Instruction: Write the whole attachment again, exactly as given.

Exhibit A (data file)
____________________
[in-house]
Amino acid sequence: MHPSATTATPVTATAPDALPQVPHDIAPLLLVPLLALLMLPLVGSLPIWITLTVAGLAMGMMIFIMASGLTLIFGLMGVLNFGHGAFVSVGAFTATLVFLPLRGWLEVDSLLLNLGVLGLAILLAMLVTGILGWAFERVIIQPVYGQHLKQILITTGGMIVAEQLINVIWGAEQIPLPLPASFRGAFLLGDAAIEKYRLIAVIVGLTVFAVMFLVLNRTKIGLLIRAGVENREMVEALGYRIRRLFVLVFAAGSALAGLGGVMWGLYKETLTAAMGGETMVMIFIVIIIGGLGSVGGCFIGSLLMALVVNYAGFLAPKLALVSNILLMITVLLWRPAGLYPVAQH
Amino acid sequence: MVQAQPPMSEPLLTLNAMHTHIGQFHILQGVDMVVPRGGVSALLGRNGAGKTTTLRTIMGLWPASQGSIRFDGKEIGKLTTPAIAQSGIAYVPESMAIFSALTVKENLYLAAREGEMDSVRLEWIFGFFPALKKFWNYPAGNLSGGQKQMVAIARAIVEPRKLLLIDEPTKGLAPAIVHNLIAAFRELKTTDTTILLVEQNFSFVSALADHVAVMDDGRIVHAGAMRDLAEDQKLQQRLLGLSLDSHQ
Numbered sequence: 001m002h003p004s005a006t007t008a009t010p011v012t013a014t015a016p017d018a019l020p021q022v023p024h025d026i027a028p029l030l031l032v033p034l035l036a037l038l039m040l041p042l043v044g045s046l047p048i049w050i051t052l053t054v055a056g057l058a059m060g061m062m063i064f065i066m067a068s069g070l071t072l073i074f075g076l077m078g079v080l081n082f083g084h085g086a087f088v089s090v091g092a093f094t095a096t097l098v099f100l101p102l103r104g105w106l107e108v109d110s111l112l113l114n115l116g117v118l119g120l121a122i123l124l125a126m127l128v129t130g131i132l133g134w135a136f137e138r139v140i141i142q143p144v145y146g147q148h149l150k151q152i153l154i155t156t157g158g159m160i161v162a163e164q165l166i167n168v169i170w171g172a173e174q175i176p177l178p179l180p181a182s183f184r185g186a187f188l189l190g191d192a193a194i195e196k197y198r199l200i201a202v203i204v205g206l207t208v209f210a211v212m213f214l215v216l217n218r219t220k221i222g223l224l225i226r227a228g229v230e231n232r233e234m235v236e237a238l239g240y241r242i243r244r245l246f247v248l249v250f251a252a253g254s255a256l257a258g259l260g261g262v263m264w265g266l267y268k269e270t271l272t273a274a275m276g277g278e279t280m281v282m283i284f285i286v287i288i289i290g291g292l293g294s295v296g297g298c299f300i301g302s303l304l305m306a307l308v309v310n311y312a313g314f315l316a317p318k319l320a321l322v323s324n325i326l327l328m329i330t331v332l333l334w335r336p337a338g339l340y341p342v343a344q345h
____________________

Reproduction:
[in-house]
Amino acid sequence: MHPSATTATPVTATAPDALPQVPHDIAPLLLVPLLALLMLPLVGSLPIWITLTVAGLAMGMMIFIMASGLTLIFGLMGVLNFGHGAFVSVGAFTATLVFLPLRGWLEVDSLLLNLGVLGLAILLAMLVTGILGWAFERVIIQPVYGQHLKQILITTGGMIVAEQLINVIWGAEQIPLPLPASFRGAFLLGDAAIEKYRLIAVIVGLTVFAVMFLVLNRTKIGLLIRAGVENREMVEALGYRIRRLFVLVFAAGSALAGLGGVMWGLYKETLTAAMGGETMVMIFIVIIIGGLGSVGGCFIGSLLMALVVNYAGFLAPKLALVSNILLMITVLLWRPAGLYPVAQH
Amino acid sequence: MVQAQPPMSEPLLTLNAMHTHIGQFHILQGVDMVVPRGGVSALLGRNGAGKTTTLRTIMGLWPASQGSIRFDGKEIGKLTTPAIAQSGIAYVPESMAIFSALTVKENLYLAAREGEMDSVRLEWIFGFFPALKKFWNYPAGNLSGGQKQMVAIARAIVEPRKLLLIDEPTKGLAPAIVHNLIAAFRELKTTDTTILLVEQNFSFVSALADHVAVMDDGRIVHAGAMRDLAEDQKLQQRLLGLSLDSHQ
Numbered sequence: 001m002h003p004s005a006t007t008a009t010p011v012t013a014t015a016p017d018a019l020p021q022v023p024h025d026i027a028p029l030l031l032v033p034l035l036a037l038l039m040l041p042l043v044g045s046l047p048i049w050i051t052l053t054v055a056g057l058a059m060g061m062m063i064f065i066m067a068s069g070l071t072l073i074f075g076l077m078g079v080l081n082f083g084h085g086a087f088v089s090v091g092a093f094t095a096t097l098v099f100l101p102l103r104g105w106l107e108v109d110s111l112l113l114n115l116g117v118l119g120l121a122i123l124l125a126m127l128v129t130g131i132l133g134w135a136f137e138r139v140i141i142q143p144v145y146g147q148h149l150k151q152i153l154i155t156t157g158g159m160i161v162a163e164q165l166i167n168v169i170w171g172a173e174q175i176p177l178p179l180p181a182s183f184r185g186a187f188l189l190g191d192a193a194i195e196k197y198r199l200i201a202v203i204v205g206l207t208v209f210a211v212m213f214l215v216l217n218r219t220k221i222g223l224l225i226r227a228g229v230e231n232r233e234m235v236e237a238l239g240y241r242i243r244r245l246f247v248l249v250f251a252a253g254s255a256l257a258g259l260g261g262v263m264w265g266l267y268k269e270t271l272t273a274a275m276g277g278e279t280m281v282m283i284f285i286v287i288i289i290g291g292l293g294s295v296g297g298c299f300i301g302s303l304l305m306a307l308v309v310n311y312a313g314f315l316a317p318k319l320a321l322v323s324n325i326l327l328m329i330t331v332l333l334w335r336p337a338g339l340y341p342v343a344q345h